Movie Review: ‘HEAVEN KNOWS WHAT’ – Heroin(e) Hopelessness


Courtney Howard // Film Critic

Director: Josh Safdie, Benny Safdie
Writer: Ronald Bronstein, Joshua Safdie and Arielle Holmes (book)
Cast: Arielle Holmes, Caleb Landry Jones, Buddy Duress and Ron Braunstein

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When I worked at the now-US Bank building in downtown Los Angeles, every morning at the 6th Street crosswalk in front of the library, many of us were asked by homeless people for spare change. One morning in particular, I encountered a volatile homeless man cussing out a kind businessman for offering food instead of money. “I don’t want your [bleeping] sandwich” was screamed for all to hear as the angered homeless man slapped it out of the apologetic businessman’s hands. My instinct – as well as everyone else’s at that crosswalk – was to flee. Now before you tell me, “cool story, bro,” this is the visceral reaction that directors Josh and Benny Safdie’s HEAVEN KNOWS WHAT re-ignited. Flee. You can’t help the un-helpable. Similar to an unapologetic full-frontal assault, there’s a beguiling, raw and brave ferocity to the picture that’s deeply unnerving. However, at the same time, it feels like deliberate artifice. Though the story is taken from star Arielle Holmes’ real-life exploits on the grimy streets, it wallows in sadness and hopelessness, all whilst wandering aimlessly nowhere.

If you’re thinking this is going to be an uplifting indie about a junkie who turns her life around after a near death experience, you’d best look elsewhere. If you’re thinking you’ll see a tale about someone struggling with sobriety, think again. This is a story about an addict. Our heroine, Harley (played by Holmes) has a full blown heroin addiction and doesn’t feel the need to change for anybody – not even for Skully (Necro), the one friend who genuinely cares about her well-being. She hustles to get her most basic needs met. She survives on the cruel, cold streets of NYC, floating from one lousy relationship with Ilya (Caleb Landry Jones), a boyfriend who’d rather watch her commit suicide than be with her, to another with Mike (Buddy Duress), her dealer. Promises and trust are broken for the sake of chasing the rush – a.k.a. the only thing that matters to this subset. But no one really cares, as they’re too whacked out of their minds to remember anything like monetary debts and personal agreements.

Arielle Holmes in HEAVEN KNOWS WHAT. Photo courtesy of Radius.

Arielle Holmes and Buddy Duress in HEAVEN KNOWS WHAT. Photo courtesy of Radius.

HEAVEN KNOWS WHAT has a unique perspective of big city living we hardly ever see cinematically – mostly because we go to movies for escapism, not to wallow. Admirably, the film takes a completely unromanticized look at hooked urchins who hustle on the streets alongside well-dressed Fortune 500 businessmen who hustle in skyscrapers. Although it’s never stated, directors Josh and Benny Safdie almost manage to connect the two extremes. Isao Tomita’s score, full of fuzzy-synth variations on Debussy’s classical works, is deliciously creepy, unnerving and off balance. It might be better suited to a horror or Kubrick film, but is ingeniously married to this picture’s operatic aesthetic. At times, it feels pressing and urgent. Other times, it stands in brilliant juxtaposition. The Safdies’ utilization of “Claire de Lune” contrasts a rambling Mike recounting his latest junkie dramatics to Harley.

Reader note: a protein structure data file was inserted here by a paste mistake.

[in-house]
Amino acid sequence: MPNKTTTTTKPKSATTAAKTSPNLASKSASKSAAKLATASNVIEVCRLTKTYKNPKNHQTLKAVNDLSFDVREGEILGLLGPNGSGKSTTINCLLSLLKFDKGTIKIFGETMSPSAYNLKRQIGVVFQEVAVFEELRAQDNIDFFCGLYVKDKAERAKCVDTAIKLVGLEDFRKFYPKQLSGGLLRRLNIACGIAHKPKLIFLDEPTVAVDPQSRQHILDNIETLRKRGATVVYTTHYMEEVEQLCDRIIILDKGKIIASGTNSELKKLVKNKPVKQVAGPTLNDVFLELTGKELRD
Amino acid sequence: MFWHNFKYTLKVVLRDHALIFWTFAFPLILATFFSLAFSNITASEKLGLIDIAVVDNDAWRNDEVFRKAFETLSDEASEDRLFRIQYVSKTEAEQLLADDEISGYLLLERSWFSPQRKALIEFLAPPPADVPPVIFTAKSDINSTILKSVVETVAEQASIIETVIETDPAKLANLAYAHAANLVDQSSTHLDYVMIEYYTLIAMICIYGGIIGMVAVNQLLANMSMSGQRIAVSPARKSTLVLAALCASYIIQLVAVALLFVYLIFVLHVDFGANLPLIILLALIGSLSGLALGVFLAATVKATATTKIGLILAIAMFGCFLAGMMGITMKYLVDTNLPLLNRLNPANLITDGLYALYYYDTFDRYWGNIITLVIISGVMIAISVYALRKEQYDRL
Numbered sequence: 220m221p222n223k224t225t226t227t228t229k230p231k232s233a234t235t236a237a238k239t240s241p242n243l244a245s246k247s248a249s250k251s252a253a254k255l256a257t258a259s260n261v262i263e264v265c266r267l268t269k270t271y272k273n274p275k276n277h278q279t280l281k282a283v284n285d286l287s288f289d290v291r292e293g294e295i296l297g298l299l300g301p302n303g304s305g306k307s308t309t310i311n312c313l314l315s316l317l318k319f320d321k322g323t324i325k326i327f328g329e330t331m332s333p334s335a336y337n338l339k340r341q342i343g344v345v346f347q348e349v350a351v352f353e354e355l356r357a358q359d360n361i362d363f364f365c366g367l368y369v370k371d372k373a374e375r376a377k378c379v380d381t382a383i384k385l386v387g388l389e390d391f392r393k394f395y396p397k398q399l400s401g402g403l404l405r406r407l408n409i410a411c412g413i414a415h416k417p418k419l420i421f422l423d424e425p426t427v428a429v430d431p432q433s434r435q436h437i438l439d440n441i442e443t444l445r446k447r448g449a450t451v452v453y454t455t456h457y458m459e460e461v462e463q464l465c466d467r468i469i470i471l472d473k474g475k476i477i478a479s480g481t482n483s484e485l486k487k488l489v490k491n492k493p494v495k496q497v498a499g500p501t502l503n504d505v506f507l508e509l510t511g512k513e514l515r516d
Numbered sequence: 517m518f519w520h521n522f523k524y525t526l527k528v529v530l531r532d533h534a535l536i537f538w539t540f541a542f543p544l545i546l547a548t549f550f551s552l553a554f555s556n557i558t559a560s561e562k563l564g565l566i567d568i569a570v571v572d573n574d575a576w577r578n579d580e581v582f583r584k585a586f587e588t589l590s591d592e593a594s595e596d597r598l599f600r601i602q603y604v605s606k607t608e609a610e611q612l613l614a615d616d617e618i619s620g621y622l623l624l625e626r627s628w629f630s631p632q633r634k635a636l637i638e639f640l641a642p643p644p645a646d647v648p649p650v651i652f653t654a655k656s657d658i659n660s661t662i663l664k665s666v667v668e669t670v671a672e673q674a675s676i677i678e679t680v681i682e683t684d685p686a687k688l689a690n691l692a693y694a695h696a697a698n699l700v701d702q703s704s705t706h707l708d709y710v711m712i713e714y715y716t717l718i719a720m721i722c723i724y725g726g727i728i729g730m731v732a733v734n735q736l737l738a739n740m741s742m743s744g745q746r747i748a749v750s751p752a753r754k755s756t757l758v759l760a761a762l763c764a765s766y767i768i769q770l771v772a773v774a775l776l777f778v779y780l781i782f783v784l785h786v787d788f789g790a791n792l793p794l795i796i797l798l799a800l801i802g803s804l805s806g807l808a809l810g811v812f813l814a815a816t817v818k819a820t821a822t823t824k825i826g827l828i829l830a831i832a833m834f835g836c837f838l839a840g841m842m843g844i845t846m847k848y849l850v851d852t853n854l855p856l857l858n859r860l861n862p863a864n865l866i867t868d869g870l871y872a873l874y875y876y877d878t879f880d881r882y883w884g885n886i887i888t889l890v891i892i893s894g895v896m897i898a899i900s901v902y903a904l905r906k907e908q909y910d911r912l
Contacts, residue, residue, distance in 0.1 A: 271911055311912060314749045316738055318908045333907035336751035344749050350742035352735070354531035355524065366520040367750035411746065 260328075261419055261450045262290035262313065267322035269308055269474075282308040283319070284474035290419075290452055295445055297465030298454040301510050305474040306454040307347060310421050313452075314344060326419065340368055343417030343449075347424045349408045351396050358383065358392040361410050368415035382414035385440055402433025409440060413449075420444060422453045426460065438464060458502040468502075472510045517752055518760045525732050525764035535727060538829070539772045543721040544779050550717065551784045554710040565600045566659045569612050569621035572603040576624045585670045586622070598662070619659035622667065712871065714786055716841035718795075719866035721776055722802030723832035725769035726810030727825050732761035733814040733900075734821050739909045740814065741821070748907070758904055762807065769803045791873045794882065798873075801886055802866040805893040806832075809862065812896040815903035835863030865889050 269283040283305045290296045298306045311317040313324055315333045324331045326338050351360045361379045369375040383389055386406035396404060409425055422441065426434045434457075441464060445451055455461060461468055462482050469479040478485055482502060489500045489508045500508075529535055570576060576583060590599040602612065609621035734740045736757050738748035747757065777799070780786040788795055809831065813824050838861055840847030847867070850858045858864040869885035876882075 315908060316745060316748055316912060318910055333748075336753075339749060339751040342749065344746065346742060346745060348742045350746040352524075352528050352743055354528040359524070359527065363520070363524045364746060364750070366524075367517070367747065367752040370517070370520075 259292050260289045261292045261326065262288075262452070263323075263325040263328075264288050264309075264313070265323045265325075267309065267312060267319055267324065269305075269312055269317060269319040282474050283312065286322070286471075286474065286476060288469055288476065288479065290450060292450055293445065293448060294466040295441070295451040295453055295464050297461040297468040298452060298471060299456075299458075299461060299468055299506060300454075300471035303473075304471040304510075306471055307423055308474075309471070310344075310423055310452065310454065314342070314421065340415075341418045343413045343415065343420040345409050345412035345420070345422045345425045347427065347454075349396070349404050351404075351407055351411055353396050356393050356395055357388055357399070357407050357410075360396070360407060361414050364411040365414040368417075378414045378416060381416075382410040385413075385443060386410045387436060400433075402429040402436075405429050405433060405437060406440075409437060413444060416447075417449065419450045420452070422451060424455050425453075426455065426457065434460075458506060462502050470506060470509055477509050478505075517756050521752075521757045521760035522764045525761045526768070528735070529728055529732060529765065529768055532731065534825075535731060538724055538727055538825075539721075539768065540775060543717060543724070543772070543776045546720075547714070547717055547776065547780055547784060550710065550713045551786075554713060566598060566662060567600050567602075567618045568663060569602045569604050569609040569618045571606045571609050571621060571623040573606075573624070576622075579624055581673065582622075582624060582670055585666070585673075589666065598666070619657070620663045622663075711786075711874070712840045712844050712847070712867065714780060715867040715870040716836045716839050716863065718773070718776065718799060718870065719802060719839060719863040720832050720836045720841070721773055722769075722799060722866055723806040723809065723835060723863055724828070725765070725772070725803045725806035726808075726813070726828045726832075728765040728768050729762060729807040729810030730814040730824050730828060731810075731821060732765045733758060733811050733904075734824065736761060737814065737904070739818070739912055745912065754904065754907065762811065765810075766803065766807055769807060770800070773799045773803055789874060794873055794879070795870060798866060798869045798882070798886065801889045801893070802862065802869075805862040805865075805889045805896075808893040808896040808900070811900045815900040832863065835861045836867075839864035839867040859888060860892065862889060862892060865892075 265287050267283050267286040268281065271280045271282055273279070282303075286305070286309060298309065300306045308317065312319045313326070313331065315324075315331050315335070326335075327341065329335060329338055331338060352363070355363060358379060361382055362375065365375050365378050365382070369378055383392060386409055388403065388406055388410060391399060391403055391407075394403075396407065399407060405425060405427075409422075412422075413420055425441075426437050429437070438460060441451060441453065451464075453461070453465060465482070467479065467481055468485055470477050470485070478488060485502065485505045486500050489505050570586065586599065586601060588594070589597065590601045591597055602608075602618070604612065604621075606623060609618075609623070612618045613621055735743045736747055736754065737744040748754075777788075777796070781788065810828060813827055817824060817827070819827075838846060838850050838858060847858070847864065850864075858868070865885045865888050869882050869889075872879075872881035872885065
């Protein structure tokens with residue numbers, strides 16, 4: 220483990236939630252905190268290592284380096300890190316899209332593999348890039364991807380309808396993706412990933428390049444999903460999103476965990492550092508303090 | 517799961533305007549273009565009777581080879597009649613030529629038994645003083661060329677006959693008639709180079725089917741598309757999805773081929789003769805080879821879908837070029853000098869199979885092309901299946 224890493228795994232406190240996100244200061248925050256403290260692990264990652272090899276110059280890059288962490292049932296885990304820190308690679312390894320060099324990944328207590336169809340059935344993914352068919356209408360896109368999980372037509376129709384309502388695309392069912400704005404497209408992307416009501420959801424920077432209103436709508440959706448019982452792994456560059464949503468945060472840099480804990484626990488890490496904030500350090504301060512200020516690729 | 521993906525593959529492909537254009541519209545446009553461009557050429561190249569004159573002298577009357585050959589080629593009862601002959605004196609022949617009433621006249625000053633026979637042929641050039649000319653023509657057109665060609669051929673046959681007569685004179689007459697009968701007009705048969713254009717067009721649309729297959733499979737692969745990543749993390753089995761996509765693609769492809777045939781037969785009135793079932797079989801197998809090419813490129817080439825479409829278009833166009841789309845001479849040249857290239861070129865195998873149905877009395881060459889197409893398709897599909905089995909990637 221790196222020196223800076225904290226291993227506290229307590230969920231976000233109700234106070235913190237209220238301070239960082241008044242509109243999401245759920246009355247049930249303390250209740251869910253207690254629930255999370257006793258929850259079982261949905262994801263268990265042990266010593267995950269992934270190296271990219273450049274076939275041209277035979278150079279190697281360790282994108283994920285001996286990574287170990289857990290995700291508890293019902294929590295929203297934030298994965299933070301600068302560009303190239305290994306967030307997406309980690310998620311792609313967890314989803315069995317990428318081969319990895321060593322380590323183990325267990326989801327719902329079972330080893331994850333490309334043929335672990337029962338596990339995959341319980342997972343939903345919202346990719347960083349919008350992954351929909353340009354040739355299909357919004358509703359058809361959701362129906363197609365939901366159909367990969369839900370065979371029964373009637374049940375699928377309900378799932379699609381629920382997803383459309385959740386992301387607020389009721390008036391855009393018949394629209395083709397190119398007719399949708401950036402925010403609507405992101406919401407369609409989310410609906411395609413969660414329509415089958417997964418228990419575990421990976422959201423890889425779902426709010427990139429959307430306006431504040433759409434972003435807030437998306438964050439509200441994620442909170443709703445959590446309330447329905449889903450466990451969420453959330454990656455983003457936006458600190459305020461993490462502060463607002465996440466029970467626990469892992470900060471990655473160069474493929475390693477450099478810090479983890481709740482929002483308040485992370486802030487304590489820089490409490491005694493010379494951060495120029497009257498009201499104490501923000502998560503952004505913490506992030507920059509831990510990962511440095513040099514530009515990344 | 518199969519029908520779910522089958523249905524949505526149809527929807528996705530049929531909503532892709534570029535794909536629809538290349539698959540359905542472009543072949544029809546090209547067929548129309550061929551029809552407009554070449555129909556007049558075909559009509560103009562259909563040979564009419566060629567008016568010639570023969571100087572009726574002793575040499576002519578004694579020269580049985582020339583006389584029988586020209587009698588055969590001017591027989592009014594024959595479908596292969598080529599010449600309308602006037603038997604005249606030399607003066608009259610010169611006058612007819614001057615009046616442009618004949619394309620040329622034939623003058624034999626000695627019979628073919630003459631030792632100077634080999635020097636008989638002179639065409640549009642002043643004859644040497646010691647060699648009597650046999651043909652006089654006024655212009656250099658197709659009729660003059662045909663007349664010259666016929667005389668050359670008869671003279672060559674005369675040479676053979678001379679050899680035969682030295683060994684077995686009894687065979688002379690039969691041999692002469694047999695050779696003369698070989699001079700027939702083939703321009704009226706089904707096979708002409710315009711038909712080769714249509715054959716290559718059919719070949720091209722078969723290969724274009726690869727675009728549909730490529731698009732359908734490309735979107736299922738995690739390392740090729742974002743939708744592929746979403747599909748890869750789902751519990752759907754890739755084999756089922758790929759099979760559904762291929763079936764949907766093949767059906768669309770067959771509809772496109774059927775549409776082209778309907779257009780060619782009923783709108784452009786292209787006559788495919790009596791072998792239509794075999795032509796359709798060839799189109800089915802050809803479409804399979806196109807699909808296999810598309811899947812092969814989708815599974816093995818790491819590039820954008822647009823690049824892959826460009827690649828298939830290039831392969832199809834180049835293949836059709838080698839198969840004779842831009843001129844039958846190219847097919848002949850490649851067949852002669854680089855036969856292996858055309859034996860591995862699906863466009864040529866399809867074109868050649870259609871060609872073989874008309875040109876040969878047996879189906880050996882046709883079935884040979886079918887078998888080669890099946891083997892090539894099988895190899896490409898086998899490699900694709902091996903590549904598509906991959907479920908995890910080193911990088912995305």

What’s utterly fascinating is how the filmmakers shoot this cinéma vérité as undetected as possible. Long lens shots look and feel reminiscent of 70’s cinema. “Extras,” if you can even call them that, walk on by without any notice of the escalating dramatics. It’s subtle commentary inserted into the otherwise obvious and unflinching gritty realness. Our society marginalizes these people, but, sorry not sorry – it’s easy to see why. They are a combustible, lawless and dangerous bunch who aren’t just hurting themselves whilst carrying on like idiots. Their caustic carelessness is infuriating as it can bleed into hurting others.

But it’s not just the picture’s grim hopelessness that can turn off the audience. It’s really that nothing happens. Harley begins and ends in the same emotional head space. The script would have you believe she goes on a full circle journey, but she doesn’t change – for better or worse – throughout the entirety of the film. She stays exactly the same. There’s no character arc, therefore, finding the interest to stay tethered through some maddening instances can prove a difficult task. It can also get pretentiously provocative – like when Ilya and Harley have sex in the middle of a sidewalk next to piles of trash, and when one of the characters could really use a course in fire safety.

What does it all mean? What am I supposed to do with this information as a viewer? What now? When the cinematic journey into the seedy side of New York City is over, it can best be equated to a vapid, incoherent conversation with someone who’s high.

HEAVEN KNOWS WHAT is available today on Blu-ray/DVD.

The Blu-ray/DVD includes:

  • Deleted Scenes
  • “A Hot Two Weeks” – The Making of HEAVEN KNOWS WHAT
  • Ariel Pink Music Video

About author

Courtney Howard

Courtney Howard is a LAFCA, CCA, OFCS and AWFJ member, as well as a Rotten Tomatometer-approved film critic. Her work has been published on Variety, She Knows and Awards Circuit.